Rather, fishing boats travel farther and work longer hours to catch a declining stock of fish, according to a study to be released Tuesday in the journal Proceedings of the National Academy of Sciences of the United States of America — and that could have an impact on the environment.
Looking at data on the number of fishing vessels, researchers determined the global fishing fleet went from 1.7 to 3.7 million boats between 1950 and 2015, the study says. Technology is a large driver of the increase: Fishing boats that had been powered for centuries by sails and oars are now primarily powered by engines. By 2015, 68% of the global fishing fleet was motorized.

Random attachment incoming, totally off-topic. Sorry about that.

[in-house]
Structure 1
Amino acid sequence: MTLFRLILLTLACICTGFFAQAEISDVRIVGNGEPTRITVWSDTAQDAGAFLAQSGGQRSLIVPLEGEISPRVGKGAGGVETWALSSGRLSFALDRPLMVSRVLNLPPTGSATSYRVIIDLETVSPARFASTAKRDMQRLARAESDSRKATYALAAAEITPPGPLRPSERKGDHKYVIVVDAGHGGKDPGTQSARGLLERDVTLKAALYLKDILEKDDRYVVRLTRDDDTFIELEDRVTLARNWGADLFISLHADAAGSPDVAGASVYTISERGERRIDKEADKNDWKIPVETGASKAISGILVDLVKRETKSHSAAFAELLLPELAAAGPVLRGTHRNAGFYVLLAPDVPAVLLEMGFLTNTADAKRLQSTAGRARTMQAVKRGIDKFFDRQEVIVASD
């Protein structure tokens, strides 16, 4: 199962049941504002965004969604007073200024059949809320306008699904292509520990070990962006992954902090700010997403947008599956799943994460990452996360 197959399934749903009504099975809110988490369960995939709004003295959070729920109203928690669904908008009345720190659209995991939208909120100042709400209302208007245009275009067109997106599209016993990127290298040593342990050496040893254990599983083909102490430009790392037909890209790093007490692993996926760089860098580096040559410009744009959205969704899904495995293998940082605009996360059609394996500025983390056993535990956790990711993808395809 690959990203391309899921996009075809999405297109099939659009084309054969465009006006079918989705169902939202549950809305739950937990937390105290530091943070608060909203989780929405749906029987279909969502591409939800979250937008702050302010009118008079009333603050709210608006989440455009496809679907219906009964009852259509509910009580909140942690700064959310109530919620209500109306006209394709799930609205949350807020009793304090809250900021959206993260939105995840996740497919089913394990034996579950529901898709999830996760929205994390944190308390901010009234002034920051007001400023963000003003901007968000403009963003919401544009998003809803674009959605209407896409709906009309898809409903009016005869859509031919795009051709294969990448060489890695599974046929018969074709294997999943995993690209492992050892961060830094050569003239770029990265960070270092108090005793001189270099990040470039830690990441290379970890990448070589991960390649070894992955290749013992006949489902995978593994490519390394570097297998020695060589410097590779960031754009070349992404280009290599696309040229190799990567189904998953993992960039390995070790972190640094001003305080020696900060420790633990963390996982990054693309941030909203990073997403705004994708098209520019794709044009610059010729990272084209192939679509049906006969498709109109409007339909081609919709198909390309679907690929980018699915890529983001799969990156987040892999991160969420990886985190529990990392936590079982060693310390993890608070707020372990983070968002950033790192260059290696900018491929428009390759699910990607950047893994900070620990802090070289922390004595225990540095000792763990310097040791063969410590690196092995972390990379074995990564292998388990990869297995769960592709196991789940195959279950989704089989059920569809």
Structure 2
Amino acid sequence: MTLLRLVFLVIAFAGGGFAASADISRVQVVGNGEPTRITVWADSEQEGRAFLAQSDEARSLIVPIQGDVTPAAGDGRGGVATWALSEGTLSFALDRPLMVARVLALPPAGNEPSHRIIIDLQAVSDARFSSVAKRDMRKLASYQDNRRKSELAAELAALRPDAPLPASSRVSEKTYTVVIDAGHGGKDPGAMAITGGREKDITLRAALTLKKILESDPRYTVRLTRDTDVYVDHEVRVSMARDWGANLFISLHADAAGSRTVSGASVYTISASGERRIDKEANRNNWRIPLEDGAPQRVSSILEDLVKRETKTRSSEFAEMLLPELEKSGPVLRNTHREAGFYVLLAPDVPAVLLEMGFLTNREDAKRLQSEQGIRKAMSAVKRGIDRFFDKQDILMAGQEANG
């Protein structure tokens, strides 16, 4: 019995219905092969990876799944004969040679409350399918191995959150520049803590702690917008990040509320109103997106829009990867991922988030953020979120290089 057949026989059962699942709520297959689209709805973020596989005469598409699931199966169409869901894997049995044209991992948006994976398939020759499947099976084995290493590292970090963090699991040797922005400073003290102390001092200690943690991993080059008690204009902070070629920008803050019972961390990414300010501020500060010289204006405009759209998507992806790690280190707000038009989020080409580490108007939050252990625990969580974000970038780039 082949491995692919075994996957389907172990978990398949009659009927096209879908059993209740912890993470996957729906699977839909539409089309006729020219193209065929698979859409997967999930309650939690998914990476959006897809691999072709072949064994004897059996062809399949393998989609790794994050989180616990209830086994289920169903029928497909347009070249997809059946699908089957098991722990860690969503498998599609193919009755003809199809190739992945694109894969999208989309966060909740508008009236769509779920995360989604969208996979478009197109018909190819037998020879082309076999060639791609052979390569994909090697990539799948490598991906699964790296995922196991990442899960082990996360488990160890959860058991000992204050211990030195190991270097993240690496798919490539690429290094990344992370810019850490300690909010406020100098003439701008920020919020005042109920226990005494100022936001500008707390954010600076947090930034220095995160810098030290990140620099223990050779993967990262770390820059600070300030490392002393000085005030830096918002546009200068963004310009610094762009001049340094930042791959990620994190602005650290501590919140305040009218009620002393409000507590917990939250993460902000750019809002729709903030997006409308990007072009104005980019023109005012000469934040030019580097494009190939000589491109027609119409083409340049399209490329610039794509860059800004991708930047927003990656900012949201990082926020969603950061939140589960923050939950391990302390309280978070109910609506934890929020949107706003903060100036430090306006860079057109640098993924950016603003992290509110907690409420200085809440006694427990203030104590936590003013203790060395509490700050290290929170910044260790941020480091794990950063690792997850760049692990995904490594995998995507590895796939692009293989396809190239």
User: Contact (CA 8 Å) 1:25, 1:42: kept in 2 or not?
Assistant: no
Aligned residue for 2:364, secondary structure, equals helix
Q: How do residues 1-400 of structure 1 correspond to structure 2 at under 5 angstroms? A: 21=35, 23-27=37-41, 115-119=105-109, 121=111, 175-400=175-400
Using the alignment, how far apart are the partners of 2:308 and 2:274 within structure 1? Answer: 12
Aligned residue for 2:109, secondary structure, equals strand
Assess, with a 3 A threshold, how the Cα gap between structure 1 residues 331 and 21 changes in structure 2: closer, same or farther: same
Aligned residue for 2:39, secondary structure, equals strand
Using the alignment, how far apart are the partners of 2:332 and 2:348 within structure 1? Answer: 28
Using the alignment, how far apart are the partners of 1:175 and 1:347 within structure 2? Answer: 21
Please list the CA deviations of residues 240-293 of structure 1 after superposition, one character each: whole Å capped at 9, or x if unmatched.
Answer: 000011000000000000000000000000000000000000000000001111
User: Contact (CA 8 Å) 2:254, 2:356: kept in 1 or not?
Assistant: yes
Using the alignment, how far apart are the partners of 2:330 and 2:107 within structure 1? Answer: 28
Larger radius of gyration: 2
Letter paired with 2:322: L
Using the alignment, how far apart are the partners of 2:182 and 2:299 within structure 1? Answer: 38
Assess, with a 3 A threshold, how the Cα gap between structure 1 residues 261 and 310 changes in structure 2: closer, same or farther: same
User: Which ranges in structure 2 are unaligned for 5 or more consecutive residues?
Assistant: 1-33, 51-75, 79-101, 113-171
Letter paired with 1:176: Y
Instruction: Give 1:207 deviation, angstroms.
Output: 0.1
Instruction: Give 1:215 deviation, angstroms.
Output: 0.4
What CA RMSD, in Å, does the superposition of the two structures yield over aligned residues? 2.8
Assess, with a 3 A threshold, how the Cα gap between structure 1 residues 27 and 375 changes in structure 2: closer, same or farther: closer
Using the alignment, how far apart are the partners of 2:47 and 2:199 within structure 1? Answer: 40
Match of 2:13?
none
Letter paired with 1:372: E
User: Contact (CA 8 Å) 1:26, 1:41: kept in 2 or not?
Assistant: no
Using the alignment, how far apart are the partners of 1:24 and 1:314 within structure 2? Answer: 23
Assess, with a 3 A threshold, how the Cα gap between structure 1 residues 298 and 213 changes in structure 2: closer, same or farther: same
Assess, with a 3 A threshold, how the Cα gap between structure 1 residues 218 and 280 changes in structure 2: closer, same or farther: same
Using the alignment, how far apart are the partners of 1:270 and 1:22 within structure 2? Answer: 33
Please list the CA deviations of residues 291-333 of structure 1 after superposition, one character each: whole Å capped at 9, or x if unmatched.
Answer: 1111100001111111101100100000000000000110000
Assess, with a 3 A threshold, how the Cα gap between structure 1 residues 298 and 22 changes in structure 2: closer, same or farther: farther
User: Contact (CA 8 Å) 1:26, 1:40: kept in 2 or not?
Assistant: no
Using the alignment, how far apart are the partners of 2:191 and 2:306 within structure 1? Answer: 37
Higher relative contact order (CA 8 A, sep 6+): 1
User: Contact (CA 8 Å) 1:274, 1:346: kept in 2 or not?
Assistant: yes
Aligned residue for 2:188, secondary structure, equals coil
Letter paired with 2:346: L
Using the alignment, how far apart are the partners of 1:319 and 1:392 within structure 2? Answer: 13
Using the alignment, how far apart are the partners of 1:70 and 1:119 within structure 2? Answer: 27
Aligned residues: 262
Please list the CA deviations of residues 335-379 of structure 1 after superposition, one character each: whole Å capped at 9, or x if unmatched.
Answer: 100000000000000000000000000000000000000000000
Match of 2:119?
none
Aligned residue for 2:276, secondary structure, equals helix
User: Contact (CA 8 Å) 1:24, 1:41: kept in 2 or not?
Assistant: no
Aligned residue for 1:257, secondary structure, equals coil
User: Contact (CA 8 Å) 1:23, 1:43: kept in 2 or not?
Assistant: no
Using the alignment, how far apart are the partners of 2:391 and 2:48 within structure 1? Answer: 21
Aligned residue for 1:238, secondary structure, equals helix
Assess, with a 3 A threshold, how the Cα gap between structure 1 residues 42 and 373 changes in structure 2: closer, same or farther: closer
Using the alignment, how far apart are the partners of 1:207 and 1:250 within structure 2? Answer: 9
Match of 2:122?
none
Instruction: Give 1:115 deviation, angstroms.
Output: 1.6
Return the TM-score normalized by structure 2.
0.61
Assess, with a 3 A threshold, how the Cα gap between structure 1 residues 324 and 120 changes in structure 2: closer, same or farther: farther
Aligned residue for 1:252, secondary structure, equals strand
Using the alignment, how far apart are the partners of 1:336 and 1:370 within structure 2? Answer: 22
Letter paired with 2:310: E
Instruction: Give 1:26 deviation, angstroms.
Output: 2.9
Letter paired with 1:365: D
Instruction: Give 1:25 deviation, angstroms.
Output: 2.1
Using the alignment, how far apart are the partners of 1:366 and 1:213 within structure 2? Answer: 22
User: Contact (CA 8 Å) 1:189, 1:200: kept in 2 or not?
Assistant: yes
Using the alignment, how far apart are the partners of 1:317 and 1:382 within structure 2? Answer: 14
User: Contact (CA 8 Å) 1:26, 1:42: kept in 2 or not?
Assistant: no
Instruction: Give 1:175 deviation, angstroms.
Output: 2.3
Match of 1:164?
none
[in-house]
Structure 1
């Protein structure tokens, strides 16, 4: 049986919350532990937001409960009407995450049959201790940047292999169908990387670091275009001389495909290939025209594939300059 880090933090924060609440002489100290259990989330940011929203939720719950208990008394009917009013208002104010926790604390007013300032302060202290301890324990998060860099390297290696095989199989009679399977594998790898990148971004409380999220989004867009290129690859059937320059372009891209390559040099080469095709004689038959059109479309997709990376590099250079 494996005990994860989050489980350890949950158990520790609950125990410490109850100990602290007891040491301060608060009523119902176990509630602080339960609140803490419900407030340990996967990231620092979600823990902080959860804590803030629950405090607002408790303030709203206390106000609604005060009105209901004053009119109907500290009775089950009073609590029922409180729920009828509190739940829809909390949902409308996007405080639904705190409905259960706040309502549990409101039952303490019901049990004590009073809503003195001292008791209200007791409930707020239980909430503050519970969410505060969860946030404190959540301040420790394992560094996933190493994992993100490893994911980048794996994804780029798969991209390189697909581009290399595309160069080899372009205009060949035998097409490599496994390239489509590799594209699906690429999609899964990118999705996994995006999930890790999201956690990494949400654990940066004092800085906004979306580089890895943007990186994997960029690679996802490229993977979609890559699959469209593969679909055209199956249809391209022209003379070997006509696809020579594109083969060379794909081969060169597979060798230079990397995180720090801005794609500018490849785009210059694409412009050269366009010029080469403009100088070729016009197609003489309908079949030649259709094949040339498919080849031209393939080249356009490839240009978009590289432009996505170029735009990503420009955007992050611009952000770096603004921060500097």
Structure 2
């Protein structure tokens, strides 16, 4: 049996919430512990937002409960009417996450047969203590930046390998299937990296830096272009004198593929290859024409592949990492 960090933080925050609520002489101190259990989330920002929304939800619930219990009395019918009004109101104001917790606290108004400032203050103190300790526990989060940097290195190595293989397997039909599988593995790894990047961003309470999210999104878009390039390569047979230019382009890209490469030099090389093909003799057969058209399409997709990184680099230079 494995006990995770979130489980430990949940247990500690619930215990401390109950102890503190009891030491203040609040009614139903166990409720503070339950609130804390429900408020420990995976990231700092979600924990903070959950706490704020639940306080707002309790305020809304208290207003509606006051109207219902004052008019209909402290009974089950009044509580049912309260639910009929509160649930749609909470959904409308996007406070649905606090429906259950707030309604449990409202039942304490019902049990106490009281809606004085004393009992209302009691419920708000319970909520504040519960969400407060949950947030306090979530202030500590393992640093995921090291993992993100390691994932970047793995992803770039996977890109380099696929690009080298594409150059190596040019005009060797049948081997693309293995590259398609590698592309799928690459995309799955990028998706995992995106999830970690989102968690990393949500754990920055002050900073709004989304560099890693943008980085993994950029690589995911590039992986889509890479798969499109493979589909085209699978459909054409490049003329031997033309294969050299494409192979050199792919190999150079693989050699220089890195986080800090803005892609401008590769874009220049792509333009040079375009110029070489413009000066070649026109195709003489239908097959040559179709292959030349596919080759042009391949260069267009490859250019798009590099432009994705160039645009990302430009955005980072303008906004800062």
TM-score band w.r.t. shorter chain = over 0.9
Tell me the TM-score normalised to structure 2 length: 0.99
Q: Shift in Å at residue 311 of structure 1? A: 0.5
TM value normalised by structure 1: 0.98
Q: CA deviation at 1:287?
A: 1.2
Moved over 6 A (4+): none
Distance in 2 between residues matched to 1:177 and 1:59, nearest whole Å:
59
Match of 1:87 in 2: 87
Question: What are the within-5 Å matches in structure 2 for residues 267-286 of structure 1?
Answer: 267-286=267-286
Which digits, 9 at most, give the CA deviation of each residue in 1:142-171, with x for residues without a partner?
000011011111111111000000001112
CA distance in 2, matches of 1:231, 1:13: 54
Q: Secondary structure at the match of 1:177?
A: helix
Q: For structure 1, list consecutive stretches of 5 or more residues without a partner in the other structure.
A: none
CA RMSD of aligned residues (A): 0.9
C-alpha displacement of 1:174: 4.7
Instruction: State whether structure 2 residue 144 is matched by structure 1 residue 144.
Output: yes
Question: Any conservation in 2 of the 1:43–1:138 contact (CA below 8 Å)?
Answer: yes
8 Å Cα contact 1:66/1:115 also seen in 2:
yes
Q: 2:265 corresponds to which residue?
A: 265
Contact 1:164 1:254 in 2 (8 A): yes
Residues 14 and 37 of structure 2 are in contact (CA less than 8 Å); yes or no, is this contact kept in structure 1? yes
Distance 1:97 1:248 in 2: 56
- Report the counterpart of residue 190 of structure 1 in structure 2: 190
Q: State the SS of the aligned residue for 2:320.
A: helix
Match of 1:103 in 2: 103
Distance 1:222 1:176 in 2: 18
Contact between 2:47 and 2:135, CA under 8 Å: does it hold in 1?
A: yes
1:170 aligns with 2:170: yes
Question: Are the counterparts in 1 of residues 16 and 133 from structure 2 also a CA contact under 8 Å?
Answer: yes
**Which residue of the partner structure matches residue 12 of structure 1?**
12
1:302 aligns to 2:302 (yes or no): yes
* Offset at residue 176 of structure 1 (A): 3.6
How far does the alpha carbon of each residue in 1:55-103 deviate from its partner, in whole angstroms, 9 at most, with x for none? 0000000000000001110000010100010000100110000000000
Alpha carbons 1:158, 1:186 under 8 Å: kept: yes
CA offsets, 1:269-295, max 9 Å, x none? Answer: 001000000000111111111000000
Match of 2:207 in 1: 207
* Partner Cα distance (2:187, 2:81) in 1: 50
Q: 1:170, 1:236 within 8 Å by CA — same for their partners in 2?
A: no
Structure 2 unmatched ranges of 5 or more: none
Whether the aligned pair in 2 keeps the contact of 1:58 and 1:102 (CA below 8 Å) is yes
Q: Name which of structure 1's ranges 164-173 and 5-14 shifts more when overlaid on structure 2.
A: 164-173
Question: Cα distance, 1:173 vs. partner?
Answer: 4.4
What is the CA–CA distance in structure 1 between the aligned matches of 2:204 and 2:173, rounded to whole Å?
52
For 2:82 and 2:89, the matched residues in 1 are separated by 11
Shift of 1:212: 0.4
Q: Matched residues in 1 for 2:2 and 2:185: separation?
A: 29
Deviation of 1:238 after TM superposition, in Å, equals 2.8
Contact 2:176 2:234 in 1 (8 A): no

This latest study anticipates there will be a million more fishing vessels on the water by mid-century. That could be a serious problem for the world’s fish stock.
The authors argue their estimates of fishing vessels should be used by local governments to better set regulations to protect the environment from overfishing.